We were instructed by the Fund to perform a payroll compliance examination on JLH Interior Construction, a signatory Employer to the Fund. However, we were informed by JLH Interior Construction's accountant and by Mr. Michael Hicks, the President, that JLH Interior Construction had no payroll or employees for the period 2002, 2003, 2004, 2005, and 2006.

Further, we learned that Mr. Michael Hicks, owned and operated a non-union company, Hicks Construction, FEIN 37-1345166. We were allowed access to the payroll records for this Company. All hours and liability shown as due herein are hours worked by employees and subcontractors of Hicks Construction. Amended Complaint, Exhibit C, Audit Report, at 4, note 1. The audit revealed that all of the hours at issue were listed on the payroll records of HCI as work performed by HCI employees. JLH did not have payroll records.

The Funds' counsel corresponded with the Defendants before and after the audit. Amended Complaint, Exhibit D, Correspondence Between attorney Britt W. Sowle and Michael J. Hicks dated December 4, 2006, February 14, 2006, and March 7, 2007. The March 7, 2007, letter (Letter) from the Funds' counsel to Michael Hicks at JLH, stated, in part:

Previously, the Fund had requested various records related solely to JLH Interior Construction ("JLH") due to the fact that entity was signatory to a residential agreement with the Mid Central Illinois Regional Council of Carpenters. You had stated JLH "never got off the ground" and thus had no payroll records for the period since it became signatory. The auditor has since reviewed JLH bank statements and confirmed your statement.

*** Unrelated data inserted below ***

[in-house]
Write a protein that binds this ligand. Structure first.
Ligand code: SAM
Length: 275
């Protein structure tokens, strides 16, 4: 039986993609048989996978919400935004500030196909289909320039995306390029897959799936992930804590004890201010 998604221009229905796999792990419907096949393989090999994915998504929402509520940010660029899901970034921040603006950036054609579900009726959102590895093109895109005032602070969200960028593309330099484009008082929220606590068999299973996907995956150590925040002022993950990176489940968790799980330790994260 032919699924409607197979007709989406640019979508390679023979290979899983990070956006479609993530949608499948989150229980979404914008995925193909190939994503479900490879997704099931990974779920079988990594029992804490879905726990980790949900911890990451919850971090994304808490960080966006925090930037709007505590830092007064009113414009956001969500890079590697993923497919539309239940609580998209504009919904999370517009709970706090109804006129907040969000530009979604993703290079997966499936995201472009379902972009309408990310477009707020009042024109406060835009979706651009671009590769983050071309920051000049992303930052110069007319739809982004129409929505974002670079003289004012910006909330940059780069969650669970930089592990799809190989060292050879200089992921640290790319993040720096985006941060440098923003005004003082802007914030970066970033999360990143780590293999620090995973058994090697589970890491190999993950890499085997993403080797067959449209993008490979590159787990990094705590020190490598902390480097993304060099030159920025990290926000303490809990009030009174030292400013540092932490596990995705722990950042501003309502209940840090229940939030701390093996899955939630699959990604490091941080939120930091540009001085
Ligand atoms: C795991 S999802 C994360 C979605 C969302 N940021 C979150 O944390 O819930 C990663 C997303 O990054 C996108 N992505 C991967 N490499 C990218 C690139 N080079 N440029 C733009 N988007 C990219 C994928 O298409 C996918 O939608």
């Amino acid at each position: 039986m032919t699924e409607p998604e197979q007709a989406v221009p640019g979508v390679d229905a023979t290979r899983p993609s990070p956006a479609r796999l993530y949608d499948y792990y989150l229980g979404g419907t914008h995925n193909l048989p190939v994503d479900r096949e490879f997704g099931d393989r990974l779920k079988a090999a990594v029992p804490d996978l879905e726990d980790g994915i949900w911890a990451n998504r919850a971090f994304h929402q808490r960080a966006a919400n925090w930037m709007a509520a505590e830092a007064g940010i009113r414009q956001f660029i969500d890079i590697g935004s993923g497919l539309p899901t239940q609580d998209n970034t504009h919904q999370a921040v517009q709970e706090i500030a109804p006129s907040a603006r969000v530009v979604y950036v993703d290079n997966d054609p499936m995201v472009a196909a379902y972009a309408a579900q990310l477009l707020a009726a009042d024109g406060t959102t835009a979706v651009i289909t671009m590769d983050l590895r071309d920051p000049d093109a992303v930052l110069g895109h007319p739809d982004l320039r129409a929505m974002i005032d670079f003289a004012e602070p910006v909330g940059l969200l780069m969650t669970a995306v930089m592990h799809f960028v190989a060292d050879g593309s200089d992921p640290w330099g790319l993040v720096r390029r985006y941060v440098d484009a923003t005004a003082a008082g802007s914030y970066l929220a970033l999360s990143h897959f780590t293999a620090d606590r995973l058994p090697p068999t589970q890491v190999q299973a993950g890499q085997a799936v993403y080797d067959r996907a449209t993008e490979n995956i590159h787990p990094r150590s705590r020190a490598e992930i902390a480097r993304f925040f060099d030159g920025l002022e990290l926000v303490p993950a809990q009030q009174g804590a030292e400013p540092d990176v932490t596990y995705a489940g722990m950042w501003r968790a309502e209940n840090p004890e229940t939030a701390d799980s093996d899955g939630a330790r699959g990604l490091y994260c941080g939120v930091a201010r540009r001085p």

In an effort to establish the type of work performed by your non-signatory company, Hicks Interiors, Inc., an audit was performed which revealed $116,995.86 due and owing in delinquent or unreported fringe benefit contributions.

You recently submitted challenges to the audit liability, yet failed to include any documentation to support your allegations. After reviewing the matter, I have the following questions which remain unanswered:

(1) JLH Interior Construction became signatory to the Mid-Central Illinois District Council of Carpenter's commercial work agreement in September of 1998. A separate residential agreement was signed by JLH Interior Construction in March 2005. Unless you properly cancelled the commercial work agreement according to the procedures outlined in the agreement, you were obligated to perform all commercial work through JLH Interior Construction. If no such cancellation has been made, all commercial work performed by the employees of Hicks Interiors, Inc. during the audit period would be due and owing. Please advise as to whether you cancelled the commercial work agreement and produce copies of any and all letters to the local union reflecting this cancellation.

(2) As discussed above, any and all residential work performed by the employees of Hicks Construction, Inc. should have been performed by JLH Interior Construction. This is due to the fact that JLH Construction signed a residential agreement in March 2005. As a result, all residential work performed by employees of Hicks ...